“Not what we say about our blessings. But how we use them, that is the true measure of Thanksgiving.”
Thanksgiving is the time of year when we pause to count our blessings. So as we all take our place at the dinner table, let’s not forget what we are thankful for. The freedom and opportunity afforded to us for achievement in America are of course on that list.
For most of us, that means time with family, great food, and a chance to reflect on what we’re thankful for from the past year. When I look back on this year, I can’t help but be thankful for some amazing blessings in my life.
But, for time’s sake, I will share one incredible blessing that has crossed my path in my new journey, and that is living and being a part of the Bristol Village Community. Nowhere else could I live and thrive with the most unique, loving, and giving neighbors than within our Village.
Okay, so as Lucy would so eloquently say to Charlie Brown…let’s talk Turkey!
Why do Americans eat turkey on Thanksgiving Day?
I’m sure you’ve been asking that question for decades!
Pilgrim Edward Winslow wrote a letter about that now-famous meal in 1621 which mentioned a turkey hunt before the dinner.
Another theory says the choice of turkey was inspired by Queen Elizabeth I who was eating dinner when she heard that Spanish ships had sunk on their way to attack England.
She was so thrilled with the news she ordered another goose be served. Some claim early US settler’s roasted turkeys as they were inspired by her actions.
Others say that as wild turkeys are native to North America, they were a natural choice for early settlers.
The history of the Thanksgiving turkey is a bit of a mystery. Nobody knows exactly how this particular bird earned a place of honor at the table each November, but historians have a few different theories.
Thanks to letters and records kept by early American settlers, we know that when the colonists sat down to dine with the Wampanoag Indians, beef and fowl were on the menu. This historical meal would later become known as the first Thanksgiving.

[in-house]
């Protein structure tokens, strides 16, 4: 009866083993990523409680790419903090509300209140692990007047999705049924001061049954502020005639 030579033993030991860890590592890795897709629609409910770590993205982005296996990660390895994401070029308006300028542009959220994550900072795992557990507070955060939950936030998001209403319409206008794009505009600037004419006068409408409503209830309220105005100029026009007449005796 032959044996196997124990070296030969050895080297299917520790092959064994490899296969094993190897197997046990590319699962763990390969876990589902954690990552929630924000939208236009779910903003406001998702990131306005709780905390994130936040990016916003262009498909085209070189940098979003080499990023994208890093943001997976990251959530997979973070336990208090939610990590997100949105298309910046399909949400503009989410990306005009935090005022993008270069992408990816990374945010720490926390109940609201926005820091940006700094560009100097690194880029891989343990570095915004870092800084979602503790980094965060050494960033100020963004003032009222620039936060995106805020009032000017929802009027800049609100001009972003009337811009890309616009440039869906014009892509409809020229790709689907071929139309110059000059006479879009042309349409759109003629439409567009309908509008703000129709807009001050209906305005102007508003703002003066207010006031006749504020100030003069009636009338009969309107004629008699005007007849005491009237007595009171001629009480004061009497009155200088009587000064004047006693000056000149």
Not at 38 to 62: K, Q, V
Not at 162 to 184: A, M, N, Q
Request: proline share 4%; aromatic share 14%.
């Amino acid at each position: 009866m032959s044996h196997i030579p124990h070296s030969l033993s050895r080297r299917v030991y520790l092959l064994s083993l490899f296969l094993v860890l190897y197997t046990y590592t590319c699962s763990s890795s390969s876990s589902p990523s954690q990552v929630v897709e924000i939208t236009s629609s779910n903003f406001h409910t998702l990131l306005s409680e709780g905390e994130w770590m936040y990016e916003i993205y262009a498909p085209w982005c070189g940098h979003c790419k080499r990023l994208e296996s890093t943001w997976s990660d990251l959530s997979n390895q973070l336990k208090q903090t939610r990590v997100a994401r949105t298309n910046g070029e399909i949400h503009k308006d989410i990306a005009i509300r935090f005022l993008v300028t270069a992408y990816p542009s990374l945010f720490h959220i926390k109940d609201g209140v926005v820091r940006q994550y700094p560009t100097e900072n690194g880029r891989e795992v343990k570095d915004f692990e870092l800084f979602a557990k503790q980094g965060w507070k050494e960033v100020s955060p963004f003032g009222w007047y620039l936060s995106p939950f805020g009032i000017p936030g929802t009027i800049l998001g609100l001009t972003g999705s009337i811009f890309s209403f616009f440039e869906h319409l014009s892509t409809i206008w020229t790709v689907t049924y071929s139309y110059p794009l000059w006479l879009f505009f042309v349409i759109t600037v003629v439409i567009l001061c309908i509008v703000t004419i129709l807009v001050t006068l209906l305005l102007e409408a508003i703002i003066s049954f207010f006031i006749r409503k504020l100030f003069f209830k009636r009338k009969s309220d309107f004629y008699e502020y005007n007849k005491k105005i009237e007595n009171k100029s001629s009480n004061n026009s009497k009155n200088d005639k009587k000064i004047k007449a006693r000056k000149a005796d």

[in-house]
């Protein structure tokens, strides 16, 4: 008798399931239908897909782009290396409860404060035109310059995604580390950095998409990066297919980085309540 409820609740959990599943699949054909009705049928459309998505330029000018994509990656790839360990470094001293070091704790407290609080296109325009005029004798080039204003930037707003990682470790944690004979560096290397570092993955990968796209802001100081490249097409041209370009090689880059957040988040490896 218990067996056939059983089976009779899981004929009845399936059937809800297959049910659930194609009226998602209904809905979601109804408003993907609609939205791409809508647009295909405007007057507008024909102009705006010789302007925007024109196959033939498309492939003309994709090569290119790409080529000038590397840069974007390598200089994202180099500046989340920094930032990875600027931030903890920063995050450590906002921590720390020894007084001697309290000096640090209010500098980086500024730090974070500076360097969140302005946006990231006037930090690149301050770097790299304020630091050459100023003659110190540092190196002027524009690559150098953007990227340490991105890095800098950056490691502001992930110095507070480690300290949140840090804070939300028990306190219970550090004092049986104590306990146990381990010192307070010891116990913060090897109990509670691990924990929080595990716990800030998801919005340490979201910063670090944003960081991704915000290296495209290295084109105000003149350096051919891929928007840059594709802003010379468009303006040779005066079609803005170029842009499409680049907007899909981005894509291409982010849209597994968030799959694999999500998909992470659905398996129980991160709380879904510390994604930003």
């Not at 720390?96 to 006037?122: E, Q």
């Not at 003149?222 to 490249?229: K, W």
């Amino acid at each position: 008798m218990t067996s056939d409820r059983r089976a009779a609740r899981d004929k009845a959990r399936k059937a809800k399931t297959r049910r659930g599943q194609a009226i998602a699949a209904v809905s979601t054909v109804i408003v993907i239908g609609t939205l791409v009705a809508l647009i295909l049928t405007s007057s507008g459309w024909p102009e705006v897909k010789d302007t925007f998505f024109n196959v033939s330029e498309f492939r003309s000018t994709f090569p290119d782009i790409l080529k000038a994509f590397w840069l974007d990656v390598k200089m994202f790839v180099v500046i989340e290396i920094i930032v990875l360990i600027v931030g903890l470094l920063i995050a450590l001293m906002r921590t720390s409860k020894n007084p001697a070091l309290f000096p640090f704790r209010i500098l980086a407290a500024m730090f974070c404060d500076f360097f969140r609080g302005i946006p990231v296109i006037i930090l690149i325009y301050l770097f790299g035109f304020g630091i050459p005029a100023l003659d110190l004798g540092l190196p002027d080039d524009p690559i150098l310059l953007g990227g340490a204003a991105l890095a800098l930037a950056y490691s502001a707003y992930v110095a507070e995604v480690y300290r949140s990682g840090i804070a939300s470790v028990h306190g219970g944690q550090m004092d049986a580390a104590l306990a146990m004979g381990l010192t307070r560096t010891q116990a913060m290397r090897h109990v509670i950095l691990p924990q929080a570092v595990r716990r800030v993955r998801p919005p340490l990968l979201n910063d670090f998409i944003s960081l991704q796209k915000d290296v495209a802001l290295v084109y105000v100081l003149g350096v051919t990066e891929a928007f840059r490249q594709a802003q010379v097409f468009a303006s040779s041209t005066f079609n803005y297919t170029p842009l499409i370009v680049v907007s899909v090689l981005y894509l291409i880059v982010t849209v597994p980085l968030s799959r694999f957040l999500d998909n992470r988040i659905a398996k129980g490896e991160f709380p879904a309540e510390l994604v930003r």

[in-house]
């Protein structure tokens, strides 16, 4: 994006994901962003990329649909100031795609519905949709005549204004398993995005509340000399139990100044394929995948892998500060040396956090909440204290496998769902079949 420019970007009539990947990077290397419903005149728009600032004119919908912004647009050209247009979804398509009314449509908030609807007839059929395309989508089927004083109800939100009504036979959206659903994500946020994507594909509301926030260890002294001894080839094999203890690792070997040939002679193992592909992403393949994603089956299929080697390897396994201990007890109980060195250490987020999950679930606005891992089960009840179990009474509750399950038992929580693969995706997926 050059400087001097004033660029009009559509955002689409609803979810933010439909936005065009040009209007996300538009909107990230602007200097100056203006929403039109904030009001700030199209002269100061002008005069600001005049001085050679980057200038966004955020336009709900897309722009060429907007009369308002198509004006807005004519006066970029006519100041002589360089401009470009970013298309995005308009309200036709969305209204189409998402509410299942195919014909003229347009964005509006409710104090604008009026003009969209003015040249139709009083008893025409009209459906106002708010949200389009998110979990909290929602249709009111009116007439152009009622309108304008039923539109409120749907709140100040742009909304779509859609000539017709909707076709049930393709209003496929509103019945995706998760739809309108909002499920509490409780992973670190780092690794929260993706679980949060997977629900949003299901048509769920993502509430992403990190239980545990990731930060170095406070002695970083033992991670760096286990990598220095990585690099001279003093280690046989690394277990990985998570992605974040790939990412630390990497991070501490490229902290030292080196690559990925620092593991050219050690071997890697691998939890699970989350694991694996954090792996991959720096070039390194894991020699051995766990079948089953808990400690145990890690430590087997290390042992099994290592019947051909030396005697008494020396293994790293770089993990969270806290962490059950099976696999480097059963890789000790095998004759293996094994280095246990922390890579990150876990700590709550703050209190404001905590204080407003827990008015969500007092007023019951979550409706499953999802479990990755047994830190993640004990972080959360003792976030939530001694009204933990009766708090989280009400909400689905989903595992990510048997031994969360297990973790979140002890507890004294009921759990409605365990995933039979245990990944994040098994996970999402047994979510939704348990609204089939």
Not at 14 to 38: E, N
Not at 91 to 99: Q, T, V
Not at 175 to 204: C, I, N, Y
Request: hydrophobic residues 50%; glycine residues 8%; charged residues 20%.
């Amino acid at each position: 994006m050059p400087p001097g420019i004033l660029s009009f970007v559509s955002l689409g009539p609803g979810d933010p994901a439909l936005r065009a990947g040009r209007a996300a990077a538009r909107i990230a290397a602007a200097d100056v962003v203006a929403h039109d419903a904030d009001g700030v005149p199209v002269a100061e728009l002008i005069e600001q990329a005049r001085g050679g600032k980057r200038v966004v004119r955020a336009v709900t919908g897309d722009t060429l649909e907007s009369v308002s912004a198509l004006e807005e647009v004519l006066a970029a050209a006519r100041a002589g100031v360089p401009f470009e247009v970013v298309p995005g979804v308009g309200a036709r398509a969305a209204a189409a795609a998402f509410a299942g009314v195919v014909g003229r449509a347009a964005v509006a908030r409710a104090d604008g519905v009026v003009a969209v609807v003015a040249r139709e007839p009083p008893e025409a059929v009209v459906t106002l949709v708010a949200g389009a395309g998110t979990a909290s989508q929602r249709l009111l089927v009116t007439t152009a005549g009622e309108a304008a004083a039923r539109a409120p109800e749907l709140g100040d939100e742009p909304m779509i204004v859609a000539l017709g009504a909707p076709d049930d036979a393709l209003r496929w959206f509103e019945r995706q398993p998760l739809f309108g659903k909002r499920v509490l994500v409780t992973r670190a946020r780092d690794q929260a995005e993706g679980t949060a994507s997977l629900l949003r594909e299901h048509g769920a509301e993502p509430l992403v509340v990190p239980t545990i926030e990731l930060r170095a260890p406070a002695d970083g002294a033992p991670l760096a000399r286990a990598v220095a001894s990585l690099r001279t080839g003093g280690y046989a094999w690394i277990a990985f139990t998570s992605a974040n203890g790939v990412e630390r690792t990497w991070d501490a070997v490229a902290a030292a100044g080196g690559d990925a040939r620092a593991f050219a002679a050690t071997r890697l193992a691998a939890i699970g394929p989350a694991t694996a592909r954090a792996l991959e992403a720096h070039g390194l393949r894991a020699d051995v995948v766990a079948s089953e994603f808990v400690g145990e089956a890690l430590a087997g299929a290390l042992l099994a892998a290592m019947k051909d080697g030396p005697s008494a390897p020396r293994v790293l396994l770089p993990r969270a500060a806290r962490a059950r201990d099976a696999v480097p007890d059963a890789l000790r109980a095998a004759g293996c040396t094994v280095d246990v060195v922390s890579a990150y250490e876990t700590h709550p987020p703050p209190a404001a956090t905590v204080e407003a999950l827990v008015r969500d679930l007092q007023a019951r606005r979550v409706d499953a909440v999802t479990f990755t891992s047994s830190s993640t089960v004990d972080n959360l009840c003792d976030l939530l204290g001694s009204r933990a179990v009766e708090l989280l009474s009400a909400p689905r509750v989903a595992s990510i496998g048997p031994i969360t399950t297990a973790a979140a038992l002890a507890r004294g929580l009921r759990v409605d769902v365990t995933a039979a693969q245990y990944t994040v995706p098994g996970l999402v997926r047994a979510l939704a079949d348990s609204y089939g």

Although historians cannot say for sure which types of fowl were served up that day, a letter written by Edward Winslow mentions a turkey hunting trip before the meal.
The wild turkey is a native bird of North America. As a result, Benjamin Franklin claimed this made the turkey a more suitable national bird for the United States than the bald eagle..
Not everyone agreed with Franklin, however, and the bald eagle became the national emblem for the United States in 1782. The bald eagle may be America’s bird 364 days a year, but the turkey has one day all to itself — Thanksgiving.
When we sit down with our families for Thanksgiving dinner, most of us will probably gorge ourselves on the same traditional Thanksgiving menu, with turkey, cranberry sauce, stuffing, and pumpkin pie taking up the most real estate on our plates. How did these dishes become the national “what you eat on Thanksgiving” options, though?
Why turkey as opposed to those other proteins? Well, not only was turkey relatively affordable and widely available, but just one bird could feed the entire table, and could roast in the oven for hours unattended, leaving you free to do other things like read, nap, hang out, and watch football.
Regardless of whether you’re on Team White Meat or Team Dark Meat, now you know that turkey was indeed a part of the very first Thanksgiving dinner. And while many of the other early main dishes no longer make appearances in the traditional spread, turkey has endured. And thank goodness for that, because bringing a leftover waterfowl sandwich to work on Monday just doesn’t sound quite as appetizing. Yuk!
Join the discussion this Thanksgiving and let us know what you are grateful for. Sometimes it is just this simple…Give, and give thanks!
As always, I am…the thankful Boomer Explorer.